From Transition to Ecological Conversion

From Transition to Ecological Conversion

Climate, economic, social crisis; increase in inequalities and rights of the weakest less and less protected.
And among the weakest we do not mean only a part of humanity but all that nature (insects, birds, mammals, etc.) which is annihilated and mortified, dragging with it a planet, and therefore a humanity, in an ever more dimension. poor.
We produce food not by protecting nature but by distributing on soil, water and soil, poisons, biocides, substances that destroy entire ecosystems and invasive systems, regardless of other living beings who should have the same rights as us.
We ask for equality of rights and gender but this does not apply when the leap is between different species. We ask for the right to freedom but this does not include freedom and the right to exist for other living beings.
We praise a well-being society when to ensure this well-being made up of services, technologies, availability of goods, etc. we undermine the resources of those places and of those peoples who hold them.
Faced with this scenario, made up of contradictions and inconsistencies, we are trying to build a new path that attempts to be ecologically correct using the term “Ecological Transition” but there is an increasing feeling that we are putting a new dress on a body, now rotting, which hides its appearance but not the bad and nauseating smell.
On the other hand, the term transition comes from the Latin transitio -onis, which is equivalent to passing; passage from one way of being or life to another, from a condition or situation to a new and different one.
But the transition, as an article by Francesco Gesualdi (Italian activist and essayist) in the newspaper Avvenire clearly states, “evokes the image of the crossing, the passage from one bank of the river to the other. We change sides, but the river remains the same: same water, same current, same fauna, same flora. Beyond metaphor, the ecological transition changes our technology, our way of producing, even our way of consuming, but it leaves unchanged our hierarchy of values, our philosophy of life, our concept of happiness, our organizational vision of private and social. Instead it is precisely a new cultural setting, which then becomes an economic one, what we need. Put another way, we need ecological conversion, a sort of change of state that gives a completely different movement to our way of conceiving life and organizing our existence. So far we have acted in the name of wealth and have produced human instability and climatic changes. ”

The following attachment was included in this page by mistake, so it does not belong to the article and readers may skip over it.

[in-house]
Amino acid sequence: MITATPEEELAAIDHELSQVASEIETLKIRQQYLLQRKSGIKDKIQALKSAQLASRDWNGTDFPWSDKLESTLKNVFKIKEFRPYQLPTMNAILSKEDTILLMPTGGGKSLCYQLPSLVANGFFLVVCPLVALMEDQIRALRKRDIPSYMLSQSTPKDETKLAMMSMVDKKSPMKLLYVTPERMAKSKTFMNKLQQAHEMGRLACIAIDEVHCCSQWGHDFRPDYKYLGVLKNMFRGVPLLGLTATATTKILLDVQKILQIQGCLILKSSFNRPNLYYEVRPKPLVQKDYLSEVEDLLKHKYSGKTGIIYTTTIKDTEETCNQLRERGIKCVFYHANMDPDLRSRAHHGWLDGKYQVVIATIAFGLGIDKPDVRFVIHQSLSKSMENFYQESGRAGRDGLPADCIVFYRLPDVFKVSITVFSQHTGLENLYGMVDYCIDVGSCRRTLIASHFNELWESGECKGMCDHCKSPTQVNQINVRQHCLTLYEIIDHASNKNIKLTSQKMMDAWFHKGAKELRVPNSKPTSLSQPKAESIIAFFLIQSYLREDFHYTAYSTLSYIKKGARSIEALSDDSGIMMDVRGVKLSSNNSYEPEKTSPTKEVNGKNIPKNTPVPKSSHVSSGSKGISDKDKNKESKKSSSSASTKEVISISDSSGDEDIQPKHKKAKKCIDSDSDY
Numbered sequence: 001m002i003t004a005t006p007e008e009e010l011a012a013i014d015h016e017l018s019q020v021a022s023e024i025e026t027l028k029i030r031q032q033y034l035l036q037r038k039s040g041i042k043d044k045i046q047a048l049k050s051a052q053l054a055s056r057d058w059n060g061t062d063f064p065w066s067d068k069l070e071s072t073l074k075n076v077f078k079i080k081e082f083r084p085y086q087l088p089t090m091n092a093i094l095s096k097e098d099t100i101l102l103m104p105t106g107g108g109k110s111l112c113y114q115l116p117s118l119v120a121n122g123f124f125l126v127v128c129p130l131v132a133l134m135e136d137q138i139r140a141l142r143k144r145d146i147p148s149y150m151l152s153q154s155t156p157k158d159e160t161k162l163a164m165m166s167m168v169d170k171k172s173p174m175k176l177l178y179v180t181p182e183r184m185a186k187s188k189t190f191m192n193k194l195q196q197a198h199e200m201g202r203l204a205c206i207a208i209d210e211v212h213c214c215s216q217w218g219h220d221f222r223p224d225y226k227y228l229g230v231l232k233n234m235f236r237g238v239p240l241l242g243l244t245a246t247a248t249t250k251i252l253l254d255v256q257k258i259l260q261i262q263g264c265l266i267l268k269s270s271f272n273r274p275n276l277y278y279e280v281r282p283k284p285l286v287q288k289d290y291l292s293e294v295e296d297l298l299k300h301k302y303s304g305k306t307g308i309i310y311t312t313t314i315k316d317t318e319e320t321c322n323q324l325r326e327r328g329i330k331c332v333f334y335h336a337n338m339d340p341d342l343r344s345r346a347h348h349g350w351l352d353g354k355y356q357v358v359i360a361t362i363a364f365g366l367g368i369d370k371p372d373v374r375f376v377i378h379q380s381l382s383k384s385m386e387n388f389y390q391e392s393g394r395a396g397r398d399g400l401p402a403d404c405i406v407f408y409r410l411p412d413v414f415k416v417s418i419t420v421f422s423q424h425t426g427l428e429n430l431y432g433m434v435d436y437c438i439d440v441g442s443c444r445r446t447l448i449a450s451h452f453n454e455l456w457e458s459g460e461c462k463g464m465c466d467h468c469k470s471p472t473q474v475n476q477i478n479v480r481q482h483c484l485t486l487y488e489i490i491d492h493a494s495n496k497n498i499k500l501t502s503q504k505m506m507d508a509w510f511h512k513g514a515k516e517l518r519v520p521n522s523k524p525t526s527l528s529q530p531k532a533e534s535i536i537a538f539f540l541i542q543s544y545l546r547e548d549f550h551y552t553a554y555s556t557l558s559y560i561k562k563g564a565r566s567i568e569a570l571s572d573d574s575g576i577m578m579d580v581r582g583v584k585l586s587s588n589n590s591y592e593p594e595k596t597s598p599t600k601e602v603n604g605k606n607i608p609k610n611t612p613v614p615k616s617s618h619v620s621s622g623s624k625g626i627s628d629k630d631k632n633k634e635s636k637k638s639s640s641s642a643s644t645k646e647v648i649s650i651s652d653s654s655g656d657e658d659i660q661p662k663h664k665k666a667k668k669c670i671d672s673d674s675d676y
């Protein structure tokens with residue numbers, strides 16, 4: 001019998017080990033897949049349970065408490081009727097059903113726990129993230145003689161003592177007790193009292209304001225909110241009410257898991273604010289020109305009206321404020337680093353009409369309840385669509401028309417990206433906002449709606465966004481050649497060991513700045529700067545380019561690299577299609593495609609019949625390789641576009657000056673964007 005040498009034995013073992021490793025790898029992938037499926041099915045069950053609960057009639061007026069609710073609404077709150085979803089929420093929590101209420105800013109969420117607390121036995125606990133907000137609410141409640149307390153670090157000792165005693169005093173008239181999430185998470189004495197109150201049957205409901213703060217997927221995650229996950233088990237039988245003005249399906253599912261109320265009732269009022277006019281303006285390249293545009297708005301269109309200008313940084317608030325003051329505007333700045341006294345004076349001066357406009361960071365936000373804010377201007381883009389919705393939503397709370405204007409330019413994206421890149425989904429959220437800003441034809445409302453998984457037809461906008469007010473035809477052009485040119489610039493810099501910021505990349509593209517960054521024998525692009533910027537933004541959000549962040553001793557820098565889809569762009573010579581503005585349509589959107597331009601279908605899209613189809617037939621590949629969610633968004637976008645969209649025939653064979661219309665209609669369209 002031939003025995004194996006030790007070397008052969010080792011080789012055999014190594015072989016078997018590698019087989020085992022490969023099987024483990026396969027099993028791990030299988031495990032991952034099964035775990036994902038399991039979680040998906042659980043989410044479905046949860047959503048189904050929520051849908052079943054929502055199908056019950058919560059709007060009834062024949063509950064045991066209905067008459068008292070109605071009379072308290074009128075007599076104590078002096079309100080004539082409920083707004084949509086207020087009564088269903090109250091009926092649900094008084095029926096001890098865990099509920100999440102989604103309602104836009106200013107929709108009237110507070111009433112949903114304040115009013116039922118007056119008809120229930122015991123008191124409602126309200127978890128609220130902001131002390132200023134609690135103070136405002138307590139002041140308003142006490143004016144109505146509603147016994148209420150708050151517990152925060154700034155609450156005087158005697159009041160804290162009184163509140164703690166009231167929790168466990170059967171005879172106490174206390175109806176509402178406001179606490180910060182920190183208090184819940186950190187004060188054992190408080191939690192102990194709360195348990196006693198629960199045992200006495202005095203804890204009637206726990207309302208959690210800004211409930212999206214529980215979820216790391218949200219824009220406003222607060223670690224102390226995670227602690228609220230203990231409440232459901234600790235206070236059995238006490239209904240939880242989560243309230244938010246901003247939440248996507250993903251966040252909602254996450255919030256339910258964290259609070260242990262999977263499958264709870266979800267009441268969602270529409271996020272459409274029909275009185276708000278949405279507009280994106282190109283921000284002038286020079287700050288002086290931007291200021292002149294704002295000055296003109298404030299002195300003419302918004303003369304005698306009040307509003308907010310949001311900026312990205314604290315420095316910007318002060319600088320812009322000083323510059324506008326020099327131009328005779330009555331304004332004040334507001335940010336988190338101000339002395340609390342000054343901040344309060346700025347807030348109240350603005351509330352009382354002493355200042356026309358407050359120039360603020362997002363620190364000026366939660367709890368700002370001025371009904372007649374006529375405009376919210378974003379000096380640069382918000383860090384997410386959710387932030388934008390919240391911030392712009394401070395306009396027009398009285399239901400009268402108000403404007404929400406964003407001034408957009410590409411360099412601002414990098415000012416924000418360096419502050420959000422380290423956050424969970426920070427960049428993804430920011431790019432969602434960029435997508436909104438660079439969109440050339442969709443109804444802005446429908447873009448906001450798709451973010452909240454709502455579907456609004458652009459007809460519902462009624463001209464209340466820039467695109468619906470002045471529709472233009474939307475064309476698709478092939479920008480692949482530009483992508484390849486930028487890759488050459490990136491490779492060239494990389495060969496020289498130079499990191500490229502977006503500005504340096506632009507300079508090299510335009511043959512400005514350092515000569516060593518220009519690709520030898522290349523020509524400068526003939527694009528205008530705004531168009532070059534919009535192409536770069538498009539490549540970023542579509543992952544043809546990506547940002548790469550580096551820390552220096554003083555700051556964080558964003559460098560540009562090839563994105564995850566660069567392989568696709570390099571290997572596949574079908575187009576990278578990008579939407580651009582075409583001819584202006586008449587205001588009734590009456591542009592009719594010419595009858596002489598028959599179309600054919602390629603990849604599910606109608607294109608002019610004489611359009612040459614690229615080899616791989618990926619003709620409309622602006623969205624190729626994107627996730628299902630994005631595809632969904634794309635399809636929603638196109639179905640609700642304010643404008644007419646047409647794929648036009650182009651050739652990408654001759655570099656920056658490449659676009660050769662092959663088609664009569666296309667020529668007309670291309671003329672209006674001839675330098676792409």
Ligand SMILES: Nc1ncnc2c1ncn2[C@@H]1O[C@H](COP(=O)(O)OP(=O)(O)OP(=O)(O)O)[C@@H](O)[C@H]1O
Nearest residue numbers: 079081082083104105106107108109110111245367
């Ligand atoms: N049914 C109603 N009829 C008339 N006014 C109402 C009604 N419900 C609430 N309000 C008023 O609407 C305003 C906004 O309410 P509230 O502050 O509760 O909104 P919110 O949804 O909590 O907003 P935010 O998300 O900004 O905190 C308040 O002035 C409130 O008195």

And then we must start talking about Ecological Conversion, not so much to take up the principles enunciated by Pope Francis’ Laudato Sì but to reaffirm that this world needs a new conversion, more authentic, more in the light of a new understanding than history. , with its emergencies and its crudities, however, has brought us to light.
Conversione comes in fact from the Latin conversio, which is equivalent to “go from one place to another”, “turn towards someone or something” “change direction” or “road”.
It is therefore not just a technological question but a different vision of the meaning of Life, not in the pursuit of the good of the few dominating the many (all living beings) but contemplating the achievement of a common well-being, perhaps more sober, but identical for all and therefore true, confirming that the environmental degradation in which we are immersed has the aggravating circumstance of iniquity because it was provoked not to guarantee dignity to all, but privilege to a few.
It is not just a question of ecological transition, a necessary objective, but not sufficient, as up to now we have acted in the name of wealth and have produced human instability, social inequalities, environmental degradation.
We must get out of the logic of a consumerist model that sees production and the market as the lesser god to which everyone must bend and adapt.
Suffice it to say that once, when development seemed infinite, inequalities were measured only in terms of income, today inequalities are increasingly measured in terms of their impact on nature, using the two basic indicators: the ecological footprint and the carbon footprint.